Filed under Advice
Web designers are professionals who are most likely to collaborate with their fellows when working on a project online. And it doesn’t matter if you’re working at a company or as a freelancer – as a designer, you’re bound to find yourself in need of a developer or another designer to help with some aspect of your projects.
When you have to cooperate with someone long-distance, you have a few options. One of them is email, but it’s certainly not the most efficient solution. After all, you can’t send your files back and forth all the time. So, here are more modern tools that will let you share your work quickly and easily:
Filed under Advice
Being certain that you have something on your computer, but not remembering exactly where it can be found is a really frustrating feeling. This is particularly true of various colors you have created and saved for your future design projects, just to lose them among your numerous swatches and palettes. It’s an absolute time waste to hunt through all your archives to find this little detail, but without it your project will just feel unfinished.
Crafting websites for all kinds of clients is a real art, and like all the known art forms, it takes quite a bit of open-mindedness, perseverance, and a strong innate sense for aesthetics. Web designers and developers know this well, and they’re also familiar with the tendency that project outcomes are usually exactly as powerful as the resources behind their creation. Basically, in other words, the use and choice of creative tools directly affects the result of your work.
That’s why we are going to recommend a couple of premium plugins now which are bound to bring you top-notch outcomes:
Everyone’s probably heard the famous story of the Frankenstein’s monster. There, a mad scientist attempted to create an actual living creature out of parts taken from a lot of people. Designers sometimes try to do pretty much the same – they take elements of old designs and construct something new out of them.
Even though each design ends up in the hands of different clients, so they won’t be able to notice your trick, it’s not a very ethical practice, so it’s better to stay away from the temptation to save time on work like this. But there are a few situations when this may actually be acceptable. Here are some examples:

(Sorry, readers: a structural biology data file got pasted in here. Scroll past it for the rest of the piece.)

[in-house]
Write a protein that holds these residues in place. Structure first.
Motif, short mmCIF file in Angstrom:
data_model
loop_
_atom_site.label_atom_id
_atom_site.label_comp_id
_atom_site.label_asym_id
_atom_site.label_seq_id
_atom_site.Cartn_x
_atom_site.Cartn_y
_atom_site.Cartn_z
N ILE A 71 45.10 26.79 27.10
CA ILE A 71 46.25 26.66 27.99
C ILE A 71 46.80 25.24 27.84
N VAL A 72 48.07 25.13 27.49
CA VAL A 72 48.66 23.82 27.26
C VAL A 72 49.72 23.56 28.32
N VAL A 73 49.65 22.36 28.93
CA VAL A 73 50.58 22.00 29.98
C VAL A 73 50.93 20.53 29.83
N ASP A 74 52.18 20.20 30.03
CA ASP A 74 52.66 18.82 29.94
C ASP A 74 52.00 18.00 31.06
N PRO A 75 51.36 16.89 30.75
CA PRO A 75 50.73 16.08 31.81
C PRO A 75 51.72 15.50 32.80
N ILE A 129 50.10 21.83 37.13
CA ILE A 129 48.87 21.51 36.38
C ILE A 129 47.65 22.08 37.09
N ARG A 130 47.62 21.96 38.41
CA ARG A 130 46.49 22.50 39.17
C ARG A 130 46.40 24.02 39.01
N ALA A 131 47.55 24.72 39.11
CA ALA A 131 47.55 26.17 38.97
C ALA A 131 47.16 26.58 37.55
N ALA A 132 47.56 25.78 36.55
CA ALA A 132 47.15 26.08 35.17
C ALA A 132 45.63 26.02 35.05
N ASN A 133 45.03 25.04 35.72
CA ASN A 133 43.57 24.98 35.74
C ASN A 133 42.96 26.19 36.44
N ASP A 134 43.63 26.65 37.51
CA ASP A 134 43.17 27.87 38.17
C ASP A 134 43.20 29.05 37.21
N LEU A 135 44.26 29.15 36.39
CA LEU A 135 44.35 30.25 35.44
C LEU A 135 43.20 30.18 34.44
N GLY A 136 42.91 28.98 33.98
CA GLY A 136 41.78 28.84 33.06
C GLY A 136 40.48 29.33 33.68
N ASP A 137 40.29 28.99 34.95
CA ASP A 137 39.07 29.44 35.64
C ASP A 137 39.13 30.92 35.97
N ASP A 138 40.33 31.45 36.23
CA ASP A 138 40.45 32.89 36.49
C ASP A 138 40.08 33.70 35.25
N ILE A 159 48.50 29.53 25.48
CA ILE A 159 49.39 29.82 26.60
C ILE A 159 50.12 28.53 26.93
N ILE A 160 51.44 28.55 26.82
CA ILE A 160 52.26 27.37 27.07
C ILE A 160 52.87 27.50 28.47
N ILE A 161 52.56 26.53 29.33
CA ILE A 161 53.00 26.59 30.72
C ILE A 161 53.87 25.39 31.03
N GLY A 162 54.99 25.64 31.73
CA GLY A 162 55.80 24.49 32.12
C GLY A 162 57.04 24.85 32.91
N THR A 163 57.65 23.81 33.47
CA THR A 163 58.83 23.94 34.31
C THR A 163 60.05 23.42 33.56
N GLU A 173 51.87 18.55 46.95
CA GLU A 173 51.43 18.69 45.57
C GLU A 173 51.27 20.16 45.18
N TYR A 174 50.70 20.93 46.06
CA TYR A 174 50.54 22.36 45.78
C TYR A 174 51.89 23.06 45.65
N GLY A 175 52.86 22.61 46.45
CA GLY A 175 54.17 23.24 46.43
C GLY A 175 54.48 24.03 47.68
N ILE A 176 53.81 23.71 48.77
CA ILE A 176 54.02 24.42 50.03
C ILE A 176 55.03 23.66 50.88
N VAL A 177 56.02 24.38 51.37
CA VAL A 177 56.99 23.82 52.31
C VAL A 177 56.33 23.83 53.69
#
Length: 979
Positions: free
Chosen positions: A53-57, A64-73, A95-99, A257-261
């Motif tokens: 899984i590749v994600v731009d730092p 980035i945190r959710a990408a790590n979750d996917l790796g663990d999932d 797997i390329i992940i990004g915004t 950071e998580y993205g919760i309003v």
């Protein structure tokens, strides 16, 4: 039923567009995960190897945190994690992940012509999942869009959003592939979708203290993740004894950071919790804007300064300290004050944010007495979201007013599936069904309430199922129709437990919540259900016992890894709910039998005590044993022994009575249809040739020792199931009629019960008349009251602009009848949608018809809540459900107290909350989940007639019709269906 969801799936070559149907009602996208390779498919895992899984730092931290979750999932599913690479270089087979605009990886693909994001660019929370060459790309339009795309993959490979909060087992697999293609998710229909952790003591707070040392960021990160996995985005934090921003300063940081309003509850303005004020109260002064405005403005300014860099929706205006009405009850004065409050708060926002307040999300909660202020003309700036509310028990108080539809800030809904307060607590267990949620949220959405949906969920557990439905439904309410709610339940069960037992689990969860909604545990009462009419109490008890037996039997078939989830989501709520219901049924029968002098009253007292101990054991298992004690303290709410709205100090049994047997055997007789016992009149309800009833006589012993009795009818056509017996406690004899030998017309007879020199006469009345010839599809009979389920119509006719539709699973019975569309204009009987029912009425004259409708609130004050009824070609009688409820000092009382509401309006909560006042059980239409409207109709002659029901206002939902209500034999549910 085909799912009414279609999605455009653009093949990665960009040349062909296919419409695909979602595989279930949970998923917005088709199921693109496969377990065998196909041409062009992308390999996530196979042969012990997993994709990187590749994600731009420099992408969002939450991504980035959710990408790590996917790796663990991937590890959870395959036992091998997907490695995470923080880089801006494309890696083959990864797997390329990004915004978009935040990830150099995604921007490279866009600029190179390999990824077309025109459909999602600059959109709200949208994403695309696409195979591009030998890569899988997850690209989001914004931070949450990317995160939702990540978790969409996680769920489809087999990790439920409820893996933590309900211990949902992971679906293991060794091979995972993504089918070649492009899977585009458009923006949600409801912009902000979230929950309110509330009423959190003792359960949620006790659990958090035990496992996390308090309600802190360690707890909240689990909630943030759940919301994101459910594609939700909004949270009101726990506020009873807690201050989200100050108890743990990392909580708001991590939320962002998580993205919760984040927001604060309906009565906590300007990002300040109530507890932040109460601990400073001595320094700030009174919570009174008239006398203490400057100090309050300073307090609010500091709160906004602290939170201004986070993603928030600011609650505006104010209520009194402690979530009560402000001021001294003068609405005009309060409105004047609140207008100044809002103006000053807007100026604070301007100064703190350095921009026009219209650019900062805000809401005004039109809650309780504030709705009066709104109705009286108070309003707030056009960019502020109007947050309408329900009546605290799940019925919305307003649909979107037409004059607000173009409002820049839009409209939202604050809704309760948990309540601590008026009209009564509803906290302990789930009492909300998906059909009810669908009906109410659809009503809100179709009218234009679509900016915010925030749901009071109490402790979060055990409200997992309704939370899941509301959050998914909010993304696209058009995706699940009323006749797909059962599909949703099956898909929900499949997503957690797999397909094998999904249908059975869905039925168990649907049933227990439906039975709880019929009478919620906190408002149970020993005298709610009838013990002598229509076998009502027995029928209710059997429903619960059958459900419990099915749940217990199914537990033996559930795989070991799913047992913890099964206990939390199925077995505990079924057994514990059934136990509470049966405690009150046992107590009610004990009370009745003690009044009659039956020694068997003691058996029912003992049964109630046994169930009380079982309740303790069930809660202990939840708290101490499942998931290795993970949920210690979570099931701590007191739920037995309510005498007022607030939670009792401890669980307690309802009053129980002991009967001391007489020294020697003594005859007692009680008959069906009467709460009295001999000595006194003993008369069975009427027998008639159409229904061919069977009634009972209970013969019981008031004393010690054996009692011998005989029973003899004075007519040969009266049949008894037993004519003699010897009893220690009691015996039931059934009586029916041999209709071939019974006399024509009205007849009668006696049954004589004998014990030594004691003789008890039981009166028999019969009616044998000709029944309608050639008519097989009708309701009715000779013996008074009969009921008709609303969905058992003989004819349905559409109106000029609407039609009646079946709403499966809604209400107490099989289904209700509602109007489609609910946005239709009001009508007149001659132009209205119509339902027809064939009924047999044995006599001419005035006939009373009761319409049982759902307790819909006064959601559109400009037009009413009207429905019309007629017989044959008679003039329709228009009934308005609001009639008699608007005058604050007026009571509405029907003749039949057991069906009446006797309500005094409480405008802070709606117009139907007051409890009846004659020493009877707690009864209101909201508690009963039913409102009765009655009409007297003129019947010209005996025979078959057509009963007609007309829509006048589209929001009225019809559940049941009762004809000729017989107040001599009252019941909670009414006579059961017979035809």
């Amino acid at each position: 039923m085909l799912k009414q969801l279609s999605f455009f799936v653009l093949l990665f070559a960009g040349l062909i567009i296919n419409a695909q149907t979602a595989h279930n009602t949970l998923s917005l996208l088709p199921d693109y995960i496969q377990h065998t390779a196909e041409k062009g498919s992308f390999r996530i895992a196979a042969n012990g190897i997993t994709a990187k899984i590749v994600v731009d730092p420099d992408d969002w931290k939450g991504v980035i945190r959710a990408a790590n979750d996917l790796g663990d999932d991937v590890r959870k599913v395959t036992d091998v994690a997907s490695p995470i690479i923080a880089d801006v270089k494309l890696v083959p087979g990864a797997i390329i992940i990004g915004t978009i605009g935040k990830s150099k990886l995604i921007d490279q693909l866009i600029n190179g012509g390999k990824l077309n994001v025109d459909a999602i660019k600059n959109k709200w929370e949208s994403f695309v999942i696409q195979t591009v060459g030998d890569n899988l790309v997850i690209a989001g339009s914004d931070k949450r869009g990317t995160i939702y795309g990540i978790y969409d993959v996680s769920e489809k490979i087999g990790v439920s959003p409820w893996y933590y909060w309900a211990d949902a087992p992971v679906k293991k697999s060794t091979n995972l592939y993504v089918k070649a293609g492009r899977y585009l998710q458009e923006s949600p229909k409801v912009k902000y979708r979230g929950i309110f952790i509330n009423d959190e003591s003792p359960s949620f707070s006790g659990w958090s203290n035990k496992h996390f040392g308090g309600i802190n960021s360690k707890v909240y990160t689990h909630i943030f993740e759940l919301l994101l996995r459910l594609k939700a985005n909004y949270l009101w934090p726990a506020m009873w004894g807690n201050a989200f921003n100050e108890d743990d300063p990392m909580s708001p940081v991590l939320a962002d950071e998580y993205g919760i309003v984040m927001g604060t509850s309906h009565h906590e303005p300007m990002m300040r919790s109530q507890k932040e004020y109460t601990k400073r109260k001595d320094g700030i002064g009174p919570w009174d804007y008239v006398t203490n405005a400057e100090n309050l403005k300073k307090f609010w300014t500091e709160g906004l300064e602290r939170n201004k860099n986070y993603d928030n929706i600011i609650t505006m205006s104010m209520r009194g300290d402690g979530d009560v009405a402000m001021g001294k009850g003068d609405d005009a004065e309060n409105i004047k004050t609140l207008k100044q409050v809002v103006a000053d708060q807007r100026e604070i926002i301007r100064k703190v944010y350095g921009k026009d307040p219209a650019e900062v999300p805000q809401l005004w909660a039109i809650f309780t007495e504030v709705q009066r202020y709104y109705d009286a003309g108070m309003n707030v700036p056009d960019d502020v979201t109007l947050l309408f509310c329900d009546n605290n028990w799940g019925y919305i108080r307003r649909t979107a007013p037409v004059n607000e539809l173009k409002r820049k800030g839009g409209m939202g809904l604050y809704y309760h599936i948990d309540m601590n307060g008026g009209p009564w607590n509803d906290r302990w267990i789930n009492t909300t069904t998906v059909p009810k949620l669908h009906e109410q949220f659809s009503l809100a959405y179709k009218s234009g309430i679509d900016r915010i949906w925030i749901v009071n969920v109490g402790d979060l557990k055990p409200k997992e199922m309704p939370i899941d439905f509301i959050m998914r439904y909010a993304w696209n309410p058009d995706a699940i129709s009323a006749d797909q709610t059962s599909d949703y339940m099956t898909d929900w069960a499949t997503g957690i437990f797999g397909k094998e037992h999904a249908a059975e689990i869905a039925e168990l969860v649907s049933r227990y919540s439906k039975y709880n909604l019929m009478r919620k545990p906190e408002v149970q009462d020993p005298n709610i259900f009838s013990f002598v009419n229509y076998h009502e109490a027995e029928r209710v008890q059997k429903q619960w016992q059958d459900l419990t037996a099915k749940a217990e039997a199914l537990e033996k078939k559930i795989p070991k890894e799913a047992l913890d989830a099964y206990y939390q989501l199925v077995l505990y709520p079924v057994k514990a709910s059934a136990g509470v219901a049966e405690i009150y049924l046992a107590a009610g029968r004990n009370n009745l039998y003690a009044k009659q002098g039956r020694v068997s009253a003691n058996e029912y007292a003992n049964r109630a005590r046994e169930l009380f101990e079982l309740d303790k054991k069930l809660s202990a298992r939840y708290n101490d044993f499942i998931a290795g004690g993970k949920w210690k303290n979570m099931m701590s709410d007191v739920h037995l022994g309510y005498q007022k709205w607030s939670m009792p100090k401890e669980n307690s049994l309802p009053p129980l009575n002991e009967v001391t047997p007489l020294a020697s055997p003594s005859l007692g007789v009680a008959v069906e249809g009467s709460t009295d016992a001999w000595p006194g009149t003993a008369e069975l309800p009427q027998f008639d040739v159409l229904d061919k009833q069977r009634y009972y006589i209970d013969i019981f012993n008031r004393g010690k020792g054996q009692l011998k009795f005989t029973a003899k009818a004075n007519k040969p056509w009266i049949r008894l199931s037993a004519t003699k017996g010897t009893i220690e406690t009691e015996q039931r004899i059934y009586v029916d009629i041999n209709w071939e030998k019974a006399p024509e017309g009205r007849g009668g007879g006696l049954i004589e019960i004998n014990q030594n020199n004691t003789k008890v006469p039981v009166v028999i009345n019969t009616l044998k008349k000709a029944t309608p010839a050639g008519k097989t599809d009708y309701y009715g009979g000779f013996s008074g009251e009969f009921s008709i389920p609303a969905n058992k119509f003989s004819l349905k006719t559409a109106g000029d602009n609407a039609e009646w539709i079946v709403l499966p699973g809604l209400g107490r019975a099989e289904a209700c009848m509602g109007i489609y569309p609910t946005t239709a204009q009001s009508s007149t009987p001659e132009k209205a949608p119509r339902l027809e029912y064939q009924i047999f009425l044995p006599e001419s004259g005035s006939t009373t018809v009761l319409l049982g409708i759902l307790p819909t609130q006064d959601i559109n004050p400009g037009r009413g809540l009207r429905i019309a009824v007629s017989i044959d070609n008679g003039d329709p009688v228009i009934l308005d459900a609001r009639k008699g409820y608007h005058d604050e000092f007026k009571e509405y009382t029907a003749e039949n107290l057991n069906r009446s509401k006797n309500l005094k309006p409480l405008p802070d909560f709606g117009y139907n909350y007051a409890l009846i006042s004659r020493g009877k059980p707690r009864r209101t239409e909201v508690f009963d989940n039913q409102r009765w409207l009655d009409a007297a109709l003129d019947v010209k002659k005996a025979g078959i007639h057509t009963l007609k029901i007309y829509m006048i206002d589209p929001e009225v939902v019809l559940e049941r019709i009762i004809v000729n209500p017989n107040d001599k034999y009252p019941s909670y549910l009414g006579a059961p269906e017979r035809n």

Plenty of people, regardless of the industry they work in, think that to have a real mentor you need to sign some kind of a formal master/apprentice agreement with a certain expiry date and all the other features of a contract. However, this doesn’t have to be that complicated. Actually, a mentor is just a person who’s more experienced in your industry than you currently are and who’s ready to help and guide you by sharing his knowledge and expertise gained over the years.
Surely, typefaces exist in design for a certain reason. They can make a designer’s job considerably easier by freeing you of the necessity to consider all the complex and intricate ins and outs of creating appropriate letterforms that go well with your current project. But sometimes, you can’t do with a font created by somebody else, and you have to provide your client with a unique one that comes directly from you. How do you know if you’re expected to do this? Well, here are a few common situations.
When your client asks you to create a new type
People, as a rule, love following trends. Of course, there is nothing really bad about that – without the ability to follow other people’s ideas you can’t be considered “cool” in the modern society. However, there is one issue with following trends when it comes to working as a professional in a creative field. Let’s take Web design for an example. When a designer is hired, he’s generally expected to come up with an original layout idea for the client. If that doesn’t happen, and the majority of professional designers only follow trends started by someone else, the result is tons over tons of cookie-cutter websites that are so uninteresting that visitors, once they’ve visited a page once, don’t really want to come there again.
Designing a professional and useful website isn’t very difficult if you know how to do it right. At the initial stages, it helps to learn what particular characteristics you like on a site. Analyze your favorite Internet pages from this perspective and try to find the most convenient way of offering your visitors information, services, or products online.
For more tips, read on:
1. Don’t bury the most important stuff
In design, very often what you can’t actually see counts more than the visible elements of a picture. Negative space is indeed given much attention by designers. It has unique power that artists and other creatives value – the ability to emphasize and highlight the best details in an image.
Negative space is important not only for those working with images – whenever you create a Web page, you should also ensure there is enough white space left. Otherwise, visitors will be overwhelmed by all the content.
Here are the biggest advantages of negative space that designers should know:
Filed under Web
Designers usually spend days or full months working on great websites for their clients, designing 24/7, and what do they get for this? Just some payment for work and not even a simple “Thank you”. Therefore, it’s not surprising many designers look for opportunities to not only show their amazing talents, but also get more than a normal pay for this.
Here’s your chance to make yourself a design guru in the eyes of the audience. Take part in competitions on these websites:
- Design Museum